eData

Scalable and Effective Anomaly Detection and Correction of Automatically Collected Data in e-Science

The shift towards e-Science and the use of computational techniques in the sciences brings with it the need for effective analyses of very large collections of often complex scientific data.

Much of today’s data handling is part of automated processing, ranging from measuring relevant variables, to data collection, to integration, to analysis, and finally to decision making. The term e-science (electronic or enhanced science) is used to denote such data intensive and computationally intensive work in collaborative science. Analytical results and decision making are based on various processes, each of which might introduce errors.

This project aims to provide a foundation for e-Science by contributing novel techniques that enable scientists to detect and correct anomalies in source data, in an on-line, interactive, lineage-preserving, and semi-automatic manner.This contrasts traditional algorithms that operate in a batch manner on static data and require data mining expertise for their use. We propose a new paradigm that allows domain experts to tap into the full potential of data mining by inventing scalable algorithms that build on insights from most notably the area of subspace clustering to offer effective foundations for anomaly detection and correction that render subsequent analyses robust in the context of imperfect source data.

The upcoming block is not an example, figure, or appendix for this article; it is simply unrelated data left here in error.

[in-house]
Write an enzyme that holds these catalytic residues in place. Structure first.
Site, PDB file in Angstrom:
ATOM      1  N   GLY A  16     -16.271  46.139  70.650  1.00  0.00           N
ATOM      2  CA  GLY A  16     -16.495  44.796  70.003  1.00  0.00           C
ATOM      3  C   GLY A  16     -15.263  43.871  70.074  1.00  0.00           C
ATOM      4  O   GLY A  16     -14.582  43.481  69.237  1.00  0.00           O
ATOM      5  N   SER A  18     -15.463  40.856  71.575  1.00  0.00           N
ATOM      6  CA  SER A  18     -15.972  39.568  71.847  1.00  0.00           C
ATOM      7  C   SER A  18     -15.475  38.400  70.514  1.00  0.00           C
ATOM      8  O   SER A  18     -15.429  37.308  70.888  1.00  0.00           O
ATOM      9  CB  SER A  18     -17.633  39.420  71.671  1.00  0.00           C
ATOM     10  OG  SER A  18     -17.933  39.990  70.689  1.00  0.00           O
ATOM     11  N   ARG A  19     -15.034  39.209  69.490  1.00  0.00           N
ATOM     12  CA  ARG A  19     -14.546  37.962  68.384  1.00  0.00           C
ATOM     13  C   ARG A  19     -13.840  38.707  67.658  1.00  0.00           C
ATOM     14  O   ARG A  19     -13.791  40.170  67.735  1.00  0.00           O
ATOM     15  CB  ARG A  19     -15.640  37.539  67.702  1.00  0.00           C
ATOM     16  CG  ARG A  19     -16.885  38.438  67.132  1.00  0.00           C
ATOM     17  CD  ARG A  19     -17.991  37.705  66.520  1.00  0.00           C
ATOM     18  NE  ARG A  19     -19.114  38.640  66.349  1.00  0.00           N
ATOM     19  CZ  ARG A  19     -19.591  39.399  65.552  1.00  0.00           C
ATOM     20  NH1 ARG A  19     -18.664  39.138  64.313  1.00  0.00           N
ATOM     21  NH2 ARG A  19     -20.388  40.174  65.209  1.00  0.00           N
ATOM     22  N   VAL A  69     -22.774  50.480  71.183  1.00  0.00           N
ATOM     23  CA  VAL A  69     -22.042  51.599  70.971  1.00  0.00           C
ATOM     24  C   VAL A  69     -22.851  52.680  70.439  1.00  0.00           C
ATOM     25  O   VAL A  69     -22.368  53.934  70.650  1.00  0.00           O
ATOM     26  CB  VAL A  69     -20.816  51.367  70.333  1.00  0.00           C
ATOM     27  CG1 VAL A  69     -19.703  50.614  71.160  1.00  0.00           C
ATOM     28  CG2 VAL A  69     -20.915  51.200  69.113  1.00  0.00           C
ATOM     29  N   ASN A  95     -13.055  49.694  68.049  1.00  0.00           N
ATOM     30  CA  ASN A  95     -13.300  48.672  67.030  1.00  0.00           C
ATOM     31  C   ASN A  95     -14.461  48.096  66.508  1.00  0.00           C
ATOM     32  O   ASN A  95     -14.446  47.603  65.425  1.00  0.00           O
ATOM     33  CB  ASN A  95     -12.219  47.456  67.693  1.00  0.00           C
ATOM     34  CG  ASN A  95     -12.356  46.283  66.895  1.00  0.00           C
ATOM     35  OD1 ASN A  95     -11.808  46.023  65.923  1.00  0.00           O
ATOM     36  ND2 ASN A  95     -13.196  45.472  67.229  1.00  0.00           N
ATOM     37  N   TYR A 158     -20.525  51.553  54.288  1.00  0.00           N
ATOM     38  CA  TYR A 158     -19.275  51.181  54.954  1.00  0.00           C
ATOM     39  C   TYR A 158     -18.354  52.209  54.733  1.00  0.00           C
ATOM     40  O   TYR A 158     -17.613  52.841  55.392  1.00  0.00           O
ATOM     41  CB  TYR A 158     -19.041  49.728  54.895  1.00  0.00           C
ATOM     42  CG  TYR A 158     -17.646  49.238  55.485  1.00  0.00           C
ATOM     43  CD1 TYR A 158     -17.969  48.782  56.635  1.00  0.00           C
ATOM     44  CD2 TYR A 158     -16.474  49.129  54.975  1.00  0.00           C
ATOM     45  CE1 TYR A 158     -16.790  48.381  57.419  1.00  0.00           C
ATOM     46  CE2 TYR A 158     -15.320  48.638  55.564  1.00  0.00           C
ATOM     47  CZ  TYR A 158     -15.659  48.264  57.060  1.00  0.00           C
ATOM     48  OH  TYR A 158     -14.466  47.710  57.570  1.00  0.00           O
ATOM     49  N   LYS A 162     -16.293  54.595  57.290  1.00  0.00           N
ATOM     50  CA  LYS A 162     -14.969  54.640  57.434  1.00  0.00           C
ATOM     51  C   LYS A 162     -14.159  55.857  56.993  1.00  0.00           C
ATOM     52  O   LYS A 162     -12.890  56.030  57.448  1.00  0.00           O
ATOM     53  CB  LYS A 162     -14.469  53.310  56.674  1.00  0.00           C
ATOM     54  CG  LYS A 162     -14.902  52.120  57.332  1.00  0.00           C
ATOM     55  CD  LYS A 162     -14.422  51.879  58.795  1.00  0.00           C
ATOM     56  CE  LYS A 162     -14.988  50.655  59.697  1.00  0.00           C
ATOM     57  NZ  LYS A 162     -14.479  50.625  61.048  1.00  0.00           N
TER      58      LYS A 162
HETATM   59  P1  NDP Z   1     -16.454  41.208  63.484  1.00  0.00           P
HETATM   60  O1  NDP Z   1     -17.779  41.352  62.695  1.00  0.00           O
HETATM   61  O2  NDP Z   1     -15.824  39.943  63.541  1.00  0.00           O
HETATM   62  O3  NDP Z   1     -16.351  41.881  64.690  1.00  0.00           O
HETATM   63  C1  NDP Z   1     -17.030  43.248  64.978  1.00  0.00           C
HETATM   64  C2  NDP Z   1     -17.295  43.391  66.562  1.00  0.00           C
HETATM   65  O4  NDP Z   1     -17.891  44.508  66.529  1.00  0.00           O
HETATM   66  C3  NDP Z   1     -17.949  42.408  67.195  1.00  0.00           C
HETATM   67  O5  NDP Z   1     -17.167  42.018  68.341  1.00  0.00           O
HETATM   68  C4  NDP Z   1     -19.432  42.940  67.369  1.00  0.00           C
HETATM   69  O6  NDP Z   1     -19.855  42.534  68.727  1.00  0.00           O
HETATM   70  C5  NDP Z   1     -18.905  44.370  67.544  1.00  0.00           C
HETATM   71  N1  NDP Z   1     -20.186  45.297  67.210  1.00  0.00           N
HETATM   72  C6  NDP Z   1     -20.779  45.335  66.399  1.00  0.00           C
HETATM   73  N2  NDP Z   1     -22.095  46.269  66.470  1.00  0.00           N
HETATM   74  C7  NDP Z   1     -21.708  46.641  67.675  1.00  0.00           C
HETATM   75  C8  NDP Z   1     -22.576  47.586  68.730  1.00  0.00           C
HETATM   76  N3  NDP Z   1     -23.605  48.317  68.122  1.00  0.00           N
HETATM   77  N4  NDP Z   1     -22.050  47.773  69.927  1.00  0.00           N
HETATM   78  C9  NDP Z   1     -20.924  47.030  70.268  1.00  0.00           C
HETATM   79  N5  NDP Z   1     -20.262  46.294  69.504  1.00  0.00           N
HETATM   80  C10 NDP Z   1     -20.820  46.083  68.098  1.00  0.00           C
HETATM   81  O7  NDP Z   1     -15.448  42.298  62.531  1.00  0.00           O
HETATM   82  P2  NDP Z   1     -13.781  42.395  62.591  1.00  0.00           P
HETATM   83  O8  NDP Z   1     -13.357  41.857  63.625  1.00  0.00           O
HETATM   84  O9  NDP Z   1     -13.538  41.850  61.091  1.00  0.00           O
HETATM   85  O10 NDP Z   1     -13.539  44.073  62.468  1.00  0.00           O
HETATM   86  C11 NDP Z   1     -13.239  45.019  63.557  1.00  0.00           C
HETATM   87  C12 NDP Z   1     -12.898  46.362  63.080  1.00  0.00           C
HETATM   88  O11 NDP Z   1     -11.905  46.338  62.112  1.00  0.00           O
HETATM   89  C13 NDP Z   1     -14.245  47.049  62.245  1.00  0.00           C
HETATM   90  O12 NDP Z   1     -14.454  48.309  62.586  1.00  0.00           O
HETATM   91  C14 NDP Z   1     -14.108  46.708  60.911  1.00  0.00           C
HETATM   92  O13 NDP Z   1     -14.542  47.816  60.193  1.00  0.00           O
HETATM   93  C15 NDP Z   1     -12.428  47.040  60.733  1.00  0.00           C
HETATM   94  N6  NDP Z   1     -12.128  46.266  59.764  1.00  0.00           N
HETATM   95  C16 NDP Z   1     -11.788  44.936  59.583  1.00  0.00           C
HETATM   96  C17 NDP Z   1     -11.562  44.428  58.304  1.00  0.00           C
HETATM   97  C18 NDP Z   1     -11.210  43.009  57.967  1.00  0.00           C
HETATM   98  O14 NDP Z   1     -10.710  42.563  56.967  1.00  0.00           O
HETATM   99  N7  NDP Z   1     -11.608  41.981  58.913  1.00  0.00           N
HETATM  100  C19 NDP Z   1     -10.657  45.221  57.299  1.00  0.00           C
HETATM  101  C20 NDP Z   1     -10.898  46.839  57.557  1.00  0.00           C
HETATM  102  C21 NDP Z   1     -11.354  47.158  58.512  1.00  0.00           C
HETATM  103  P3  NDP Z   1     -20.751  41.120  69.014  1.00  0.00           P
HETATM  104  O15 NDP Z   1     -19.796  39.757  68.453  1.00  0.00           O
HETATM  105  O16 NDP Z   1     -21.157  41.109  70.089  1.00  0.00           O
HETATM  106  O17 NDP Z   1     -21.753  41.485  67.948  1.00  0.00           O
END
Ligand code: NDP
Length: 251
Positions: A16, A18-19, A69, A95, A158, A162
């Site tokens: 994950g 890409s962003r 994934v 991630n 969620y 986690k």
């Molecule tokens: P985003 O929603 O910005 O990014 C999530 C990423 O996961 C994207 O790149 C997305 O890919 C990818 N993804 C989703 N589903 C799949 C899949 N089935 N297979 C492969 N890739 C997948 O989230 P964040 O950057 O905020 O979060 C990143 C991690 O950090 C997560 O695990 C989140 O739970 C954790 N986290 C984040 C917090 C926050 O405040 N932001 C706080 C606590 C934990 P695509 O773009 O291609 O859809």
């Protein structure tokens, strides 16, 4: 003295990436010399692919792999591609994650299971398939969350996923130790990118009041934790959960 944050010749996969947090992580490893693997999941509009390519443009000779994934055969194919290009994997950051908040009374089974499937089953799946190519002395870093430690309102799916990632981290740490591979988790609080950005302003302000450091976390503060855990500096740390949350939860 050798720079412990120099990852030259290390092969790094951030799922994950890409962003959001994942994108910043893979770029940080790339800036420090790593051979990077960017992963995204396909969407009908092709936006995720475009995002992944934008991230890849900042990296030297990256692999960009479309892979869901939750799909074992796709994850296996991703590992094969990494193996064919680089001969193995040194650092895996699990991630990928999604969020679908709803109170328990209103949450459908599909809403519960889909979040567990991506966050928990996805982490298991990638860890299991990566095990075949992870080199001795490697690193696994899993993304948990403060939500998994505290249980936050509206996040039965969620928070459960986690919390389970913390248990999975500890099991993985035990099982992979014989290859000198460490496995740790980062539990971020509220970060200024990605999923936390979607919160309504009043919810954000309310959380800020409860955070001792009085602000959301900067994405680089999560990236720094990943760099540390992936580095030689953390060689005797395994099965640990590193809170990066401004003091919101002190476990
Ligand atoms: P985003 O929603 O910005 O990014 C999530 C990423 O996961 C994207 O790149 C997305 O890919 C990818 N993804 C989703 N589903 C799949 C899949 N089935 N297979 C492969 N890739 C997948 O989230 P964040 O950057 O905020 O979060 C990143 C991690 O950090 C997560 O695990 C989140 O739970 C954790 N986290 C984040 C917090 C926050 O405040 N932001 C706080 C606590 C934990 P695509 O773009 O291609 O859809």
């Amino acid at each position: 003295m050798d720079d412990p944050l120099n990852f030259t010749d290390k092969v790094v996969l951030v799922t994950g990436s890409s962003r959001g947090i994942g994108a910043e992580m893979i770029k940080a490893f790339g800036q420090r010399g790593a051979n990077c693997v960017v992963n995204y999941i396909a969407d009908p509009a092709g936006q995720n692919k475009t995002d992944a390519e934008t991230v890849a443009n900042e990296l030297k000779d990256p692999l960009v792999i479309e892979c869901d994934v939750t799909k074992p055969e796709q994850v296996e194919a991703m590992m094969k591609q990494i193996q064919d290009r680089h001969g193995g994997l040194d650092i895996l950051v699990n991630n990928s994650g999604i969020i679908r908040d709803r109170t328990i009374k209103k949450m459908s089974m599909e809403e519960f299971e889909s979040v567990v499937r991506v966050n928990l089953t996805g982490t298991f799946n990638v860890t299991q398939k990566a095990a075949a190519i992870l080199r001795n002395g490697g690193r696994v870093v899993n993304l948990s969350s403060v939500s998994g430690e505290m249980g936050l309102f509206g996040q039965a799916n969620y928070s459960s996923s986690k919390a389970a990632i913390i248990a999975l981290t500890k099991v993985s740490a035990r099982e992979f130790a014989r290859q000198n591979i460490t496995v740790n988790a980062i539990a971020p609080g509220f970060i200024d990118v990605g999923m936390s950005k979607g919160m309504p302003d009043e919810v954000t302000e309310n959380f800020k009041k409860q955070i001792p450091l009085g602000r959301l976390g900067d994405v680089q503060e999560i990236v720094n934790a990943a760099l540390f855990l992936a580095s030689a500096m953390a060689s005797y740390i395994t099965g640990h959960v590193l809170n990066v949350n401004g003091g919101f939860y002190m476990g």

Challenges arise from

  • The complexity of today's scientific workflows
  • Varieties of potential error sources and thereby diverse outlier profiles
  • Large number of dimensions in typical data collections
  • Representation of outlier properties to domain experts for

We focus on developing novel outlier detection approaches that

  • Identify relevant subspace projections in high dimensional data
  • Scale to large scale data collections
  • Integrate seamlessly into the eScience lifecycle
  • Handle dynamic data incrementally and efficiently
  • Are applicable with little or no data mining expertise
  • Allow for feedback and updating by domain experts

This project is supported by the Danish Council for Independent Research | Technology and Production Sciences from 2011 to 2014

People involved:

  • Assoc. Prof. Ira Assent
  • Prof. Christian S. Jensen